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Local photographer captures wildlife friends around East Multnomah County in stunning photos

COURTESY PHOTO: CAROL ZYVATKAUSKAS - Gresham resident and nature photographer Carol Zyvatkauskas snapped this picture of a Great Egret flying through the powerline corridor between Powell Blvd. and Division Street last month. It had been fishing in the nearby wetlands.

Some people are putting in a big garden, others knitting afghans, and still others are finally cleaning the garage. But, as always, Carol Zyvatkauskas, is taking pictures of Gresham's wild things.

"If I couldn't go out and see wild animals, I would be even more dispirited," Zyvatkauskas, said of the confinement imposed by the coronavirus pandemic.

She doesn't have to go far for some of her photos, as she and her husband live along Johnson Creek.

Nonetheless, the COVID-19 pandemic restrictions have canceled some of Zyvatkauskas' favorite activities.

COURTESY PHOTO: CAROL ZYVATKAUSKA - This female Black-tailed deer was photographed in April crossing Johnson Creek, just upstream from Gresham Main City Park.

She normally does presentations included in "Wild Gresham" at libraries and other events around town. These have been canceled due to the coronavirus.

She also looks forward to the yearly Gresham bird count, usually occurring in April and May, which has also fallen victim to the virus this year.

Zyvatkauskas was a volunteer at West Gresham Elementary School, which closed forever at the end of this school year. She was working on a project with the students to study and vote on an official amphibian of Gresham. The students voted for the Oregon Slender Salamander.

But schools closed because of the pandemic and events overtook the plan to propose the kids' choice to the Gresham City Council. Another disappointment caused by the pandemic.

She recently collected a vial of beaver castoreum, which is secreted by beavers to mark their territory. She uses the highly-scented castoreum in her nature presentations, asking people to take a whiff and guess what it is. Zyvatkauskas says the recently-collected castoreum will still be plenty fragrant for presentations next year.

COURTESY PHOTO: CAROL ZYVATKAUSKA - Mom Hooded Merganser with ducklings were swimming in Johnson Creek near mile 17 of the Springwater Trail, Zyvatauskas said. She had six youngsters with her, but sometimes Mergansers babysit for their neighbors.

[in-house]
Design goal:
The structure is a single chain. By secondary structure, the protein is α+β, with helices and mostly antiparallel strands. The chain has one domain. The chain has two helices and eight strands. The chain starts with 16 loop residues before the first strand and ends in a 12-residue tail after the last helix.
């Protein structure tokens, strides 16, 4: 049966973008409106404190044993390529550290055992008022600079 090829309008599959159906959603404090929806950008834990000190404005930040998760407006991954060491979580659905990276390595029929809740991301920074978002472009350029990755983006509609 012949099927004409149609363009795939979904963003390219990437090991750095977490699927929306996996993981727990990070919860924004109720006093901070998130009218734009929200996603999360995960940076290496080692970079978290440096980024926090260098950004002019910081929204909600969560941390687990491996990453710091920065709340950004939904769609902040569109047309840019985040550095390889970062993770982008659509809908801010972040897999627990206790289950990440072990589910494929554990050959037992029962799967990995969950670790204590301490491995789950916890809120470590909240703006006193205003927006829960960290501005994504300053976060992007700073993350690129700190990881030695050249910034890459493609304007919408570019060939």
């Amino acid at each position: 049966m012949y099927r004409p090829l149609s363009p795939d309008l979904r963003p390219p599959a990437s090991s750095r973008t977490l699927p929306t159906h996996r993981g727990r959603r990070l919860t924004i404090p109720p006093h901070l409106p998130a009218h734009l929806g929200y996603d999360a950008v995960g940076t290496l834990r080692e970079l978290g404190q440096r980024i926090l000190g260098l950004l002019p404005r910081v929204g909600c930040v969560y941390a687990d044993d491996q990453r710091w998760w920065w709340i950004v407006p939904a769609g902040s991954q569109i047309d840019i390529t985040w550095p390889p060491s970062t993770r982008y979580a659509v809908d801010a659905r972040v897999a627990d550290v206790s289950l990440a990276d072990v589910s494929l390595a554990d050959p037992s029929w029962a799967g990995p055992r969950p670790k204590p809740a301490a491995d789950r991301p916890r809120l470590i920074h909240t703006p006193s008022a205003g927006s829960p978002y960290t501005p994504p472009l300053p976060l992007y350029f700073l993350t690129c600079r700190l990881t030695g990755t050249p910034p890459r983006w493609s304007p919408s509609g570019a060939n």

But despite the cancellations, she can still capture local wildlife. The Johnson Creek Watershed Council, where she once served on the board, uses her photos on its web page and in its materials.

Zyvatkauskas, who is known around town as Caz, moved to Gresham in 2013. She grew up in Scarbouough, Ontario and attended the University of Toronto. She's worked at newspapers and the University of Toronto, and has been a freelance photographer, designer and writer.

Zyvatkauskas is sanguine about the disruptions due to the COVID-19 pandemic and is hopeful things will be back to normal next year.

While she waits, she said, "Encountering wild animals is enormously exciting. The exciting part is in the surprise, whether it's discovering a small frog in a Gresham pond or happening across a Horned Owl in the woods on Gabbert Butte. For me, the excitement is always followed by a comfort knowing that there's enough habitat in our immediate area to support amazing creatures."

COURTESY PHOTO: CAROL ZYVATKAUSKA - This female Red-winged Blackbird and Painted Turtle share a sunny spot a few weeks ago at the Fairview Creek Headwaters. The wetlands can be accessed from Southwest Community Park off Powell.

COURTESY PHOTO: CAROL ZYVATKAUSKA - Zyvatkauskas and her husband built two ponds in their yard that now sustain a variety of amphibians. Heres one of the many young Northern Red-legged frogs that take refuge near the water. There are a number of ponds and creeks where you can find these quiet frogs. Zyvatkauskas recommends the Kelly Creek Greenway to see both Red-legged and Pacfic Chorus Frogs.

COURTESY PHOTO: CAROL ZYVATKAUSKA - The Northern Flicker is one of Greshams largest woodpeckers. This one was photographed at the end of April on Walters Road from the bridge near the Springwater Trail. Caz reports 'He was as curious about me as I was about him.'


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